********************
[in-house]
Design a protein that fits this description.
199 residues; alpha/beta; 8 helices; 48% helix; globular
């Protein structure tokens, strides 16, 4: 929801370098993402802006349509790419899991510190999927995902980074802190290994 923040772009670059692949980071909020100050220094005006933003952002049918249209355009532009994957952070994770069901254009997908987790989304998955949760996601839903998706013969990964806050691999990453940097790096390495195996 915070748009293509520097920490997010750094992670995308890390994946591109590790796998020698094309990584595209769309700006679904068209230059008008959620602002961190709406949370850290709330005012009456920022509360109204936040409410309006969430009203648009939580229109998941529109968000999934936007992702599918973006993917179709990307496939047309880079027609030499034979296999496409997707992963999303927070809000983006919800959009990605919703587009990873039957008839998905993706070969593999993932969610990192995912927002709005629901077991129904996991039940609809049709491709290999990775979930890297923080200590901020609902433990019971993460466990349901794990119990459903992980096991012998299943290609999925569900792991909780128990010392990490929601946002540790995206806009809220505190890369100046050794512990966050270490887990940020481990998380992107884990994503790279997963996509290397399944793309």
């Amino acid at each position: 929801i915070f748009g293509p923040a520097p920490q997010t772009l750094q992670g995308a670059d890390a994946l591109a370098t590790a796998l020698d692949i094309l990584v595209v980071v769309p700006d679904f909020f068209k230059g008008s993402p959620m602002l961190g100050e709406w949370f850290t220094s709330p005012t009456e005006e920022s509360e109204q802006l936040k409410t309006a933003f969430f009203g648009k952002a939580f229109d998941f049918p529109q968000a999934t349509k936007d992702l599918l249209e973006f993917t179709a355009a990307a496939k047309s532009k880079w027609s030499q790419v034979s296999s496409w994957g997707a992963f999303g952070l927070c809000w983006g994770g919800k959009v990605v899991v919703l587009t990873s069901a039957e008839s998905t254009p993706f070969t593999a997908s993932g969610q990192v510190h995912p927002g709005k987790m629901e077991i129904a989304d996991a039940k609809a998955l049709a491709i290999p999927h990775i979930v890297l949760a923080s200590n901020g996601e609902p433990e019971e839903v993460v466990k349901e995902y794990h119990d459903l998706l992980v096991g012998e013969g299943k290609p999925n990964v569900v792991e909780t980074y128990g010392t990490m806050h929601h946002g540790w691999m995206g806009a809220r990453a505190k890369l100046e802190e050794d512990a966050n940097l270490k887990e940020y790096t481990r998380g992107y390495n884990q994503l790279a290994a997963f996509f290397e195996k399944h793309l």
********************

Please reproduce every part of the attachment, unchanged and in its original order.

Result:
[in-house]
Design a protein that fits this description.
199 residues; alpha/beta; 8 helices; 48% helix; globular
């Protein structure tokens, strides 16, 4: 929801370098993402802006349509790419899991510190999927995902980074802190290994 923040772009670059692949980071909020100050220094005006933003952002049918249209355009532009994957952070994770069901254009997908987790989304998955949760996601839903998706013969990964806050691999990453940097790096390495195996 915070748009293509520097920490997010750094992670995308890390994946591109590790796998020698094309990584595209769309700006679904068209230059008008959620602002961190709406949370850290709330005012009456920022509360109204936040409410309006969430009203648009939580229109998941529109968000999934936007992702599918973006993917179709990307496939047309880079027609030499034979296999496409997707992963999303927070809000983006919800959009990605919703587009990873039957008839998905993706070969593999993932969610990192995912927002709005629901077991129904996991039940609809049709491709290999990775979930890297923080200590901020609902433990019971993460466990349901794990119990459903992980096991012998299943290609999925569900792991909780128990010392990490929601946002540790995206806009809220505190890369100046050794512990966050270490887990940020481990998380992107884990994503790279997963996509290397399944793309």
């Amino acid at each position: 929801i915070f748009g293509p923040a520097p920490q997010t772009l750094q992670g995308a670059d890390a994946l591109a370098t590790a796998l020698d692949i094309l990584v595209v980071v769309p700006d679904f909020f068209k230059g008008s993402p959620m602002l961190g100050e709406w949370f850290t220094s709330p005012t009456e005006e920022s509360e109204q802006l936040k409410t309006a933003f969430f009203g648009k952002a939580f229109d998941f049918p529109q968000a999934t349509k936007d992702l599918l249209e973006f993917t179709a355009a990307a496939k047309s532009k880079w027609s030499q790419v034979s296999s496409w994957g997707a992963f999303g952070l927070c809000w983006g994770g919800k959009v990605v899991v919703l587009t990873s069901a039957e008839s998905t254009p993706f070969t593999a997908s993932g969610q990192v510190h995912p927002g709005k987790m629901e077991i129904a989304d996991a039940k609809a998955l049709a491709i290999p999927h990775i979930v890297l949760a923080s200590n901020g996601e609902p433990e019971e839903v993460v466990k349901e995902y794990h119990d459903l998706l992980v096991g012998e013969g299943k290609p999925n990964v569900v792991e909780t980074y128990g010392t990490m806050h929601h946002g540790w691999m995206g806009a809220r990453a505190k890369l100046e802190e050794d512990a966050n940097l270490k887990e940020y790096t481990r998380g992107y390495n884990q994503l790279a290994a997963f996509f290397e195996k399944h793309l």